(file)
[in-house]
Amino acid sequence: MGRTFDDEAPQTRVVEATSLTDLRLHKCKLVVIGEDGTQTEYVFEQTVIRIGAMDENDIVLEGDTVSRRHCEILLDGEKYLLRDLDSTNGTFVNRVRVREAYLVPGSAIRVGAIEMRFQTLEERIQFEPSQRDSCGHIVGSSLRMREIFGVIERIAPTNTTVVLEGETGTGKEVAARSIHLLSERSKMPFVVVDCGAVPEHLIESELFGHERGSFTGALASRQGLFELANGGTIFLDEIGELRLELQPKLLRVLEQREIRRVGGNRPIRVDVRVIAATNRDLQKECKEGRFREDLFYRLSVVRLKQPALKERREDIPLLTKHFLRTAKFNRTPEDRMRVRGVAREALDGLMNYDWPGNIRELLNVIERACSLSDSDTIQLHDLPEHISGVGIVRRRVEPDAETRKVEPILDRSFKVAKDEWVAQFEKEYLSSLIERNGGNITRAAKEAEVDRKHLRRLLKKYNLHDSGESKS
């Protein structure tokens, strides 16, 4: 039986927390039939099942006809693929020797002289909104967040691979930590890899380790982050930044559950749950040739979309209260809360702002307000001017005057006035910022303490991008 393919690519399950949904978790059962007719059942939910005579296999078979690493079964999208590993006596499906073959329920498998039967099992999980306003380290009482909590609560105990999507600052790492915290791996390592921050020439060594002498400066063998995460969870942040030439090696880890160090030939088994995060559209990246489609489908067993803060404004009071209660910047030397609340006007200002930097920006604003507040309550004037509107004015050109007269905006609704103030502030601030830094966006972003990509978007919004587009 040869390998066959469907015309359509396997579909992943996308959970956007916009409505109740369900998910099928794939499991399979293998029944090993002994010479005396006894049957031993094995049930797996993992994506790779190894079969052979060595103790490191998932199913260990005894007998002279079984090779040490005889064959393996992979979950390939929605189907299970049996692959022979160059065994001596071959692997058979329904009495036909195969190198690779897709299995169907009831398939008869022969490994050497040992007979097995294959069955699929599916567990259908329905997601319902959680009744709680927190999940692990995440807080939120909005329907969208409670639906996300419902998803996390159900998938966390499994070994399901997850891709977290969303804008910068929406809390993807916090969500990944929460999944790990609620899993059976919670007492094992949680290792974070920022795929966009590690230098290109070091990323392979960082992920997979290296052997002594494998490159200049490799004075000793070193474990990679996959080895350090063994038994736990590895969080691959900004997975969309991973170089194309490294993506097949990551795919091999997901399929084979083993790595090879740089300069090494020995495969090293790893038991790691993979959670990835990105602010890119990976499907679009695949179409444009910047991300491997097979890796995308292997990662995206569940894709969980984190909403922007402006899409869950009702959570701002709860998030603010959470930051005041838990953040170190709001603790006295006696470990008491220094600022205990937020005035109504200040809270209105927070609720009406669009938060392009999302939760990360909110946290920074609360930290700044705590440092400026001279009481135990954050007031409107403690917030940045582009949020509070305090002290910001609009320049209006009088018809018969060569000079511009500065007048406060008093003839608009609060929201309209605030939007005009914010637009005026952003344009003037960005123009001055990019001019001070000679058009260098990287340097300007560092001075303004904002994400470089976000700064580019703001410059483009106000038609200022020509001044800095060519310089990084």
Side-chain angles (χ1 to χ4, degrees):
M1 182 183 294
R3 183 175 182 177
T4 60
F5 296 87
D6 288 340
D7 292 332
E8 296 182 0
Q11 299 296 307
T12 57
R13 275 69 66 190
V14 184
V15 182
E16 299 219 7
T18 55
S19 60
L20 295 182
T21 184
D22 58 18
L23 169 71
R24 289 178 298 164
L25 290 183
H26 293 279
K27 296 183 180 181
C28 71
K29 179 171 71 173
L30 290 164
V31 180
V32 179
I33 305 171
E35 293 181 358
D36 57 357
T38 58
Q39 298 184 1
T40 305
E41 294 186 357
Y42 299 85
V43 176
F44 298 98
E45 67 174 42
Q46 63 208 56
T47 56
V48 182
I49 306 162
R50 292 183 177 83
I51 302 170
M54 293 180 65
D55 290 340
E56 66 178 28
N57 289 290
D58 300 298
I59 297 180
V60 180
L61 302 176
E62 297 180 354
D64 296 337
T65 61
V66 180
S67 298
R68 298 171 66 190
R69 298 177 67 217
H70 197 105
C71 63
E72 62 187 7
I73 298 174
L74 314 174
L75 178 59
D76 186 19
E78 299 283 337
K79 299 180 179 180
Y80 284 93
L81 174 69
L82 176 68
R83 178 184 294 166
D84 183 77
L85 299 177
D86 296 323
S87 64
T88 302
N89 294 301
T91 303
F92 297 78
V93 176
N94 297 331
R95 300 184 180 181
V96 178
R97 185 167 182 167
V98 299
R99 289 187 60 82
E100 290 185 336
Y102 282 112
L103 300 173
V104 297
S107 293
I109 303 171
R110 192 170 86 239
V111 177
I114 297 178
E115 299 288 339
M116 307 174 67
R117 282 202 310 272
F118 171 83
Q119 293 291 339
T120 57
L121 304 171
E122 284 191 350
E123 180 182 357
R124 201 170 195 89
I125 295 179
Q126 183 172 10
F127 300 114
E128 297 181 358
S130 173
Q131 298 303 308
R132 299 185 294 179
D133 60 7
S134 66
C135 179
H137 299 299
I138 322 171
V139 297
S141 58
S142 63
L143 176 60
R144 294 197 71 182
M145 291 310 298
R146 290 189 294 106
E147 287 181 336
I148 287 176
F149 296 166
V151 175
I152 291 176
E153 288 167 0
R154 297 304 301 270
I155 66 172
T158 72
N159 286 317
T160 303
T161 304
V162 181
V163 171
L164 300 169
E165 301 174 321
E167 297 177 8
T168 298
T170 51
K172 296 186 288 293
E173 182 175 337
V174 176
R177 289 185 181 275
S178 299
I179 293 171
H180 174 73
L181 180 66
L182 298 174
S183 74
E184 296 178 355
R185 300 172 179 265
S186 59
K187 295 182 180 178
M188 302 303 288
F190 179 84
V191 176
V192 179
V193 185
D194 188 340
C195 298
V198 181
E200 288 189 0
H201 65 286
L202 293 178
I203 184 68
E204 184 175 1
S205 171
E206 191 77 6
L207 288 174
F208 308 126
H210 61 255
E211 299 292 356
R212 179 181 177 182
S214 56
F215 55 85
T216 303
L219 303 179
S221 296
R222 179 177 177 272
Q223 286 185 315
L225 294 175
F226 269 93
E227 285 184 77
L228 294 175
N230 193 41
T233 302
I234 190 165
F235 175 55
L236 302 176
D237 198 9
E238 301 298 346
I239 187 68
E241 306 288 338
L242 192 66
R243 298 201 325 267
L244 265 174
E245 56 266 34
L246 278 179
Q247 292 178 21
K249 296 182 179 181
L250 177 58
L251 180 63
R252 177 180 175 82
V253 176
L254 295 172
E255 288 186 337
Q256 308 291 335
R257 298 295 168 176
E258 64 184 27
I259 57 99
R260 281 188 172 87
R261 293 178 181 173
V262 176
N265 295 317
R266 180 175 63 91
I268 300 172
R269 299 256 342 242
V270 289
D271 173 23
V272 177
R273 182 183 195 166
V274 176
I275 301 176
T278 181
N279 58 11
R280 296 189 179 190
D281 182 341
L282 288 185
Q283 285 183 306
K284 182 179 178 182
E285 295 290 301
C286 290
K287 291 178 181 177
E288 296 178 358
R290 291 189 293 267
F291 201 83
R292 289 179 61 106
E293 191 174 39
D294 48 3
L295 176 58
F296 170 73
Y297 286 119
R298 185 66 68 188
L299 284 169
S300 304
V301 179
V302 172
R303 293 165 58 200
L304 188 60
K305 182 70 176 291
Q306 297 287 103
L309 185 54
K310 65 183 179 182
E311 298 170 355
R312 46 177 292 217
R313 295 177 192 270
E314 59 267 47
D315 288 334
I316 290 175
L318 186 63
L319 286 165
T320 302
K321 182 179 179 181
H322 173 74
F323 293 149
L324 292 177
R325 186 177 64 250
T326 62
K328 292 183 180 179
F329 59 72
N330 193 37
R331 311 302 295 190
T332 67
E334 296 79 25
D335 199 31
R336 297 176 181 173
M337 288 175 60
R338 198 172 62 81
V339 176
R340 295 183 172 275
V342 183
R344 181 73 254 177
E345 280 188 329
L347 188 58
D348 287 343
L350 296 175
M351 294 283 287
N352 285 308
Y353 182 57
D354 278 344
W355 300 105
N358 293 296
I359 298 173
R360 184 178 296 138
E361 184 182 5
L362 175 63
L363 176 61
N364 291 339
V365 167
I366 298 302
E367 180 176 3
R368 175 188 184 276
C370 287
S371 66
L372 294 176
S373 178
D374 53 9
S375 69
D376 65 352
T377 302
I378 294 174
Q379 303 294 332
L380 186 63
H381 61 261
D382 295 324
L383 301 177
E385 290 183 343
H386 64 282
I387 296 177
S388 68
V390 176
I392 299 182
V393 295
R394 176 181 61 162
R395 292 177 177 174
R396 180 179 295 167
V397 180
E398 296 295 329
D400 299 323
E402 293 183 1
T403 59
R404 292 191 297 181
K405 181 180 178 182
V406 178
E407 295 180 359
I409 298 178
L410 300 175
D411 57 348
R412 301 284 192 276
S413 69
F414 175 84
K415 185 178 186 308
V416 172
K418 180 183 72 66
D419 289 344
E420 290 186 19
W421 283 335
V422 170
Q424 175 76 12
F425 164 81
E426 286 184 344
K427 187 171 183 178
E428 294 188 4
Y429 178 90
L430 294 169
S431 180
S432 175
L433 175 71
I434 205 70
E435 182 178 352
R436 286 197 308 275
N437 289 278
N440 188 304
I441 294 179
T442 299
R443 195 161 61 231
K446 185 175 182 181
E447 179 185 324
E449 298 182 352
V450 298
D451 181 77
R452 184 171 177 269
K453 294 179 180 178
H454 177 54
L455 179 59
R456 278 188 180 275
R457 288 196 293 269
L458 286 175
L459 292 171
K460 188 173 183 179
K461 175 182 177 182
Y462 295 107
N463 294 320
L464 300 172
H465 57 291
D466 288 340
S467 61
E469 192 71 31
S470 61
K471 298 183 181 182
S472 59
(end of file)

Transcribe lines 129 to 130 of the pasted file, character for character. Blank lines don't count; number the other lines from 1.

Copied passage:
M145 291 310 298
R146 290 189 294 106